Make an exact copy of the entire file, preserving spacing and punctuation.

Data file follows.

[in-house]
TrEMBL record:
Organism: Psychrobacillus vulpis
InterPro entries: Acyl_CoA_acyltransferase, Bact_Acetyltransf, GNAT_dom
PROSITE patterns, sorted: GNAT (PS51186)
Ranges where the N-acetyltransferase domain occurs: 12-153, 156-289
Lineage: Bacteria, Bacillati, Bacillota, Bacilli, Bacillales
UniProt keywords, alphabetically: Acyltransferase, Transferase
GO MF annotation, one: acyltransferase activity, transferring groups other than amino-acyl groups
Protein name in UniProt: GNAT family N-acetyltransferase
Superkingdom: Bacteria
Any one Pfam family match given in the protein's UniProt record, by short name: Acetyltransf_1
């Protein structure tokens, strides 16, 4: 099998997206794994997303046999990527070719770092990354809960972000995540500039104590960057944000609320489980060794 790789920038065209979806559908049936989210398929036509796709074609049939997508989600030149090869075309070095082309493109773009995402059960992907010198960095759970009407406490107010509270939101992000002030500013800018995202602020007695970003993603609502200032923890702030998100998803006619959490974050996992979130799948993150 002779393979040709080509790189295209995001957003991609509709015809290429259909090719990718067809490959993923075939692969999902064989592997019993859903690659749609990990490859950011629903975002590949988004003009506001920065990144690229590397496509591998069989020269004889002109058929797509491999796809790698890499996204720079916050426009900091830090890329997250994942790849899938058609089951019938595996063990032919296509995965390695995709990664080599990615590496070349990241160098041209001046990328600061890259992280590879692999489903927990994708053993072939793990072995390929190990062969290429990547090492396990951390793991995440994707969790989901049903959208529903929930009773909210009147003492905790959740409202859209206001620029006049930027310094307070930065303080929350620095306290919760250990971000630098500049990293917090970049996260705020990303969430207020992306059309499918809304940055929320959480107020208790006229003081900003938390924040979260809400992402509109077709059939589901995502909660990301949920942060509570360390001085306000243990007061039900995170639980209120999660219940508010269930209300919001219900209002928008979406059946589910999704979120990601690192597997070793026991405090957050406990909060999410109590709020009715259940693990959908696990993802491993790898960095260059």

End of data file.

[in-house]
TrEMBL record:
Organism: Psychrobacillus vulpis
InterPro entries: Acyl_CoA_acyltransferase, Bact_Acetyltransf, GNAT_dom
PROSITE patterns, sorted: GNAT (PS51186)
Ranges where the N-acetyltransferase domain occurs: 12-153, 156-289
Lineage: Bacteria, Bacillati, Bacillota, Bacilli, Bacillales
UniProt keywords, alphabetically: Acyltransferase, Transferase
GO MF annotation, one: acyltransferase activity, transferring groups other than amino-acyl groups
Protein name in UniProt: GNAT family N-acetyltransferase
Superkingdom: Bacteria
Any one Pfam family match given in the protein's UniProt record, by short name: Acetyltransf_1
């Protein structure tokens, strides 16, 4: 099998997206794994997303046999990527070719770092990354809960972000995540500039104590960057944000609320489980060794 790789920038065209979806559908049936989210398929036509796709074609049939997508989600030149090869075309070095082309493109773009995402059960992907010198960095759970009407406490107010509270939101992000002030500013800018995202602020007695970003993603609502200032923890702030998100998803006619959490974050996992979130799948993150 002779393979040709080509790189295209995001957003991609509709015809290429259909090719990718067809490959993923075939692969999902064989592997019993859903690659749609990990490859950011629903975002590949988004003009506001920065990144690229590397496509591998069989020269004889002109058929797509491999796809790698890499996204720079916050426009900091830090890329997250994942790849899938058609089951019938595996063990032919296509995965390695995709990664080599990615590496070349990241160098041209001046990328600061890259992280590879692999489903927990994708053993072939793990072995390929190990062969290429990547090492396990951390793991995440994707969790989901049903959208529903929930009773909210009147003492905790959740409202859209206001620029006049930027310094307070930065303080929350620095306290919760250990971000630098500049990293917090970049996260705020990303969430207020992306059309499918809304940055929320959480107020208790006229003081900003938390924040979260809400992402509109077709059939589901995502909660990301949920942060509570360390001085306000243990007061039900995170639980209120999660219940508010269930209300919001219900209002928008979406059946589910999704979120990601690192597997070793026991405090957050406990909060999410109590709020009715259940693990959908696990993802491993790898960095260059």